When big minds meet, ideas tend to sprout. Words were exchanged between President Tony Tan, and Peter Gordon, company director of William Grant & Sons at the Glasgow Commonwealth Games last year. And voila – this year, their distillery, Glenfiddich, joins Singapore in celebrating our joyous jubilee by releasing 5 limited-edition 50 year old whiskies, accompanied with a uniquely designed local art piece.

Whiskies more than 30 years old are prized, and in limited quantities. Every year, between 2-3% of the whisky in a cask is evaporated, so what remains after half a century, is a minute precious amount of liquid gold.

On that note, older whiskies may not necessarily be better. Prior to hitting the 20 year mark, the whisky ages gracefully and gets more flavourful, since it takes on the oaky favours of its vessel. But around 20 – 40 years, the law of diminishing marginal returns sinks in, and things start to vary depending on the conditions in which the whisky barrels are stored. This might result in an ‘overcooked’ whisky, with flavours of the wood overpowering the essence of the whisky, or perhaps, on the other end of the spectrum, a gorgeous, well-aged complex beauty. Glenfiddich, in preparing the Singapore Anniversary Edition 50 year old, took pains to ensure it was perfectly balanced, and the result is a well-rounded golden blend, with subtle hints of aromatic herbs, soft fruits and the residual taste of peatedness.

What surprised us as we delved further into the topic, is that Singapore topped the charts in 2014 for importing the most number of whisky bottles per capita. What surprised us further, was that a country like China, known for its excessive drinking culture especially in business transactions, lagged so far behind on the tables.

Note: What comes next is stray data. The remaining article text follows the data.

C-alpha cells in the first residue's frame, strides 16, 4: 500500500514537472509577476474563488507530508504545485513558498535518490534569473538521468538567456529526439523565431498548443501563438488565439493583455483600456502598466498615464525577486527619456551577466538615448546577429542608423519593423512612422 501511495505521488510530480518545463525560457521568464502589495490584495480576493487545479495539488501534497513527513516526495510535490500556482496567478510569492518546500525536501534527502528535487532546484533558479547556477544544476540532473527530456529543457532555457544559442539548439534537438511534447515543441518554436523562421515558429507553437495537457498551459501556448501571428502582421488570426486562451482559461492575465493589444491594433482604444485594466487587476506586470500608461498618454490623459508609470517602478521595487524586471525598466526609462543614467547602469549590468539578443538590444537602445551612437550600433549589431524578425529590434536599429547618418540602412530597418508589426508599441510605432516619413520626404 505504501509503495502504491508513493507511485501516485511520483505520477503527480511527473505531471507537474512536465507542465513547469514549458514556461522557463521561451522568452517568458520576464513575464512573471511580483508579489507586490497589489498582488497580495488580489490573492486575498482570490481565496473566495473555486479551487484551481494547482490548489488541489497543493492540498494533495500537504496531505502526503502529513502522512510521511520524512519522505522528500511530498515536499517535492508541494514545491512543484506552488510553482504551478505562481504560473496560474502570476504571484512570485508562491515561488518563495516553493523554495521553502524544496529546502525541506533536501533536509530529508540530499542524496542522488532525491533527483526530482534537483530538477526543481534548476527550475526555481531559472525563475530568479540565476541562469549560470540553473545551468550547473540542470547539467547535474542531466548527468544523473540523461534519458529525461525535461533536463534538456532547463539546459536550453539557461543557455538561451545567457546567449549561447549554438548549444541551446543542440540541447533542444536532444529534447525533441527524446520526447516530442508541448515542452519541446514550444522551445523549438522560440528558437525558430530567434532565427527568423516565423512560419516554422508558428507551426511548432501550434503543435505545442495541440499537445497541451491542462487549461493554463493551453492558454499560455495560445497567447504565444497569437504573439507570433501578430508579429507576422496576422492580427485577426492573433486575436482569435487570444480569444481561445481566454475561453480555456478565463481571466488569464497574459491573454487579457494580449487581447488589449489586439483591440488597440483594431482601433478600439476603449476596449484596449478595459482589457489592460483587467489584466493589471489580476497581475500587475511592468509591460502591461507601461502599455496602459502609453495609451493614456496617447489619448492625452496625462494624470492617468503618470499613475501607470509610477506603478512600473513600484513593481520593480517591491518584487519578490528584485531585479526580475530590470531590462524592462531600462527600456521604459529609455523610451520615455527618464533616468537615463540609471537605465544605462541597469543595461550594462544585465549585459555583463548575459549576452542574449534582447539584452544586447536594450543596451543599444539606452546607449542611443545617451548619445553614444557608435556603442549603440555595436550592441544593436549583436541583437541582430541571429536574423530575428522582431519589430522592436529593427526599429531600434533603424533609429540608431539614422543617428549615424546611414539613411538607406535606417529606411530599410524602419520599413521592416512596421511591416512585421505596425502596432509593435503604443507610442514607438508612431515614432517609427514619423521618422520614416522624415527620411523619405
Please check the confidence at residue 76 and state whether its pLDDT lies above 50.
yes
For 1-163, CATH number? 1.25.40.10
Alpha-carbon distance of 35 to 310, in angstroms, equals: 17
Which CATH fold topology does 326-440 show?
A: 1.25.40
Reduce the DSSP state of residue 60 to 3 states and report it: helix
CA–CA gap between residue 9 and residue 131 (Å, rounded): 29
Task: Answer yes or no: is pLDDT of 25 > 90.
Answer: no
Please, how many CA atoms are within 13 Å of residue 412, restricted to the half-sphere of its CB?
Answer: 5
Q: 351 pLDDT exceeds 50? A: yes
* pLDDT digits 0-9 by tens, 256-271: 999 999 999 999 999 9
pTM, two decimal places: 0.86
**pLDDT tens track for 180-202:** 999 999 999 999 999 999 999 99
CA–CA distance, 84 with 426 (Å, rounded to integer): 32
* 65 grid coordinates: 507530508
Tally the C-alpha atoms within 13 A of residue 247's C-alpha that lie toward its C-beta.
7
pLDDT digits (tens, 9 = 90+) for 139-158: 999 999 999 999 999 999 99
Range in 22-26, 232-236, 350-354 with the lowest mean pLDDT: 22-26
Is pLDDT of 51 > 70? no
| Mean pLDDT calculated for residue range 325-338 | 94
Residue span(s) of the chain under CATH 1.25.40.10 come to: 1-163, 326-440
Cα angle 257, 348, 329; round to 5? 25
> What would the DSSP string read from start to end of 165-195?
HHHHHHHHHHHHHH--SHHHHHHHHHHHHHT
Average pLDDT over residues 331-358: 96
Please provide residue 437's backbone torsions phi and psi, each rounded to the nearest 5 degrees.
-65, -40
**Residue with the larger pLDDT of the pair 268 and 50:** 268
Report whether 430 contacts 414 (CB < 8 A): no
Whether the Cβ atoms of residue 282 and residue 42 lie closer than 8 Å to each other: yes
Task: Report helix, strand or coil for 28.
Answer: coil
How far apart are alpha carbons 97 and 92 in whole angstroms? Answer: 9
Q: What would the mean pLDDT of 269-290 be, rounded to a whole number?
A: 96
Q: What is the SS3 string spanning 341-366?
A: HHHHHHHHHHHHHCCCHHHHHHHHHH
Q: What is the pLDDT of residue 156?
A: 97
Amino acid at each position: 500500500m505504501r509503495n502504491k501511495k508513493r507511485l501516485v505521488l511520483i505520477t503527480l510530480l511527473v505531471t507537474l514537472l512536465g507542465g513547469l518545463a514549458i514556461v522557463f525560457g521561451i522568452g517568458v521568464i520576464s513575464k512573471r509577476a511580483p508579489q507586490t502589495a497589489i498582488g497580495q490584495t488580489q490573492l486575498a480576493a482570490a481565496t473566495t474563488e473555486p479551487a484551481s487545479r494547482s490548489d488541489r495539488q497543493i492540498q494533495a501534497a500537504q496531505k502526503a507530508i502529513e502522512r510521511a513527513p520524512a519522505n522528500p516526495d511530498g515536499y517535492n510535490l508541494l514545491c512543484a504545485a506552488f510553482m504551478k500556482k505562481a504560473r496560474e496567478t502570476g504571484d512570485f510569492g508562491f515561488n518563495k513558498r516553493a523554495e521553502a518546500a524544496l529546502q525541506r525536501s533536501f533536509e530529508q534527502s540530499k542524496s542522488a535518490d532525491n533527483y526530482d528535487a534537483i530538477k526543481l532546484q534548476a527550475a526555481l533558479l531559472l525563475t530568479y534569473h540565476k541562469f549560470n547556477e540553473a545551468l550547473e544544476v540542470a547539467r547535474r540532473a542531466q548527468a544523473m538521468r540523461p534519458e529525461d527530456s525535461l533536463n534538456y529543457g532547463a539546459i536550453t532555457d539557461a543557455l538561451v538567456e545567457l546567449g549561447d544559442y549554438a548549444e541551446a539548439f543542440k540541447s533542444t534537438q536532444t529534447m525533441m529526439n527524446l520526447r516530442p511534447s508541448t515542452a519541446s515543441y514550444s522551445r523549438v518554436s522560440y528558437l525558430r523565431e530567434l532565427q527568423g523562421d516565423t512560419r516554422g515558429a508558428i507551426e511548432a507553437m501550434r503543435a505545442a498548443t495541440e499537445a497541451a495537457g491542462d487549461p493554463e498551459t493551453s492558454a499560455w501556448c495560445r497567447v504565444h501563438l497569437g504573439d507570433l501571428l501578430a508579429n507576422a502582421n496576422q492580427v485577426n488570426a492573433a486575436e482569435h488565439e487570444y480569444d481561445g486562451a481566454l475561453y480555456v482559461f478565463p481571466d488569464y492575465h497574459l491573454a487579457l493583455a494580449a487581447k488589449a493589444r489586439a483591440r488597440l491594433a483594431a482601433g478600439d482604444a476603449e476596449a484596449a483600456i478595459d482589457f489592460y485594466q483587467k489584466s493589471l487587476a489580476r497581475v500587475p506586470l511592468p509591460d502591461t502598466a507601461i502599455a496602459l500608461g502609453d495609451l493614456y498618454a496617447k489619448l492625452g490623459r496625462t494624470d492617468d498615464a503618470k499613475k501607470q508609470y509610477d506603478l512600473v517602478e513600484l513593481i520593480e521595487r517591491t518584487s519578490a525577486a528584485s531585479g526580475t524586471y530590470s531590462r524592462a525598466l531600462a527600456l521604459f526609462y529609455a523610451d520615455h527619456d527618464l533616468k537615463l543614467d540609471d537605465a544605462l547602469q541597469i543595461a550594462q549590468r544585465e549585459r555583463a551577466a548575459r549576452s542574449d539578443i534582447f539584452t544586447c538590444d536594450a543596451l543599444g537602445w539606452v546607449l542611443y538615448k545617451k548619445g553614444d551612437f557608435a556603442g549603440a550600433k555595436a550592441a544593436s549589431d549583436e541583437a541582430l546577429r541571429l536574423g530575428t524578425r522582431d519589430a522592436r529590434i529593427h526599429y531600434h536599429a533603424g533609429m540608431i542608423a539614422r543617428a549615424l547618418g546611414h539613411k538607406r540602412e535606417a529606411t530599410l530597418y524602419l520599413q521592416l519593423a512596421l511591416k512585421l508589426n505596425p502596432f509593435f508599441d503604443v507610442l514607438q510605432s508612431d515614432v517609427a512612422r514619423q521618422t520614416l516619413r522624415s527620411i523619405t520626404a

We discovered the reason: Counterfeit whisky. Its not hard for a club in China to keep used whisky bottles, then repackage it for selling – especially since most things are ‘made in China’ after all. Thankfully such concerns will hopefully be a thing of the past, with the advent of cloud-connected technology which keeps track of inventory. This ensures that once a bottle’s seal is opened, the information is sent back to the cloud using NFC such that the whisky bottle cannot be reused.

With Singapore’s increased affluence, sound border enforcement laws and rise of the cocktail scene – maybe the findings by Quartz weren’t that surprising after all.

Source: Quartz

We were treated to a feast of the senses as we sat surrounded by evolving visual landscapes, at the soon-to-be-launched South Beach Club. Deconstructed delights by Chef Janice Wong, such as fusion-styled bak kut teh or chili crab, were meticulously paired with whisky. What took the show away, though, was the slow descent of a garden of earthly delights that hung above, featuring sugared Vanda Miss Joaquims and edible branches* (chocolates). With all the “oohs” and “ahhs” that ensued – it was certainly a Willy Wonka moment for all of us.

The day Singapore gained its independence in 1965 was unforgettable, quite like the day we experienced the perfect union of fiery chilli-padi chocolate and Glenfiddich 50 year old lingering on our tastebuds.

The Glenfiddich Singapore Anniversary Edition 50 year old will be sold privately, and is available for £30,000. Each bottle is accompanied by a unique art piece by either Andy Yang, Eugene Tan, Chan Wai Lim, Sean Dunston and Flabslab. Please contact [email protected] or 95477457 for purchase enquiries.

Mr Bean would be most pleased.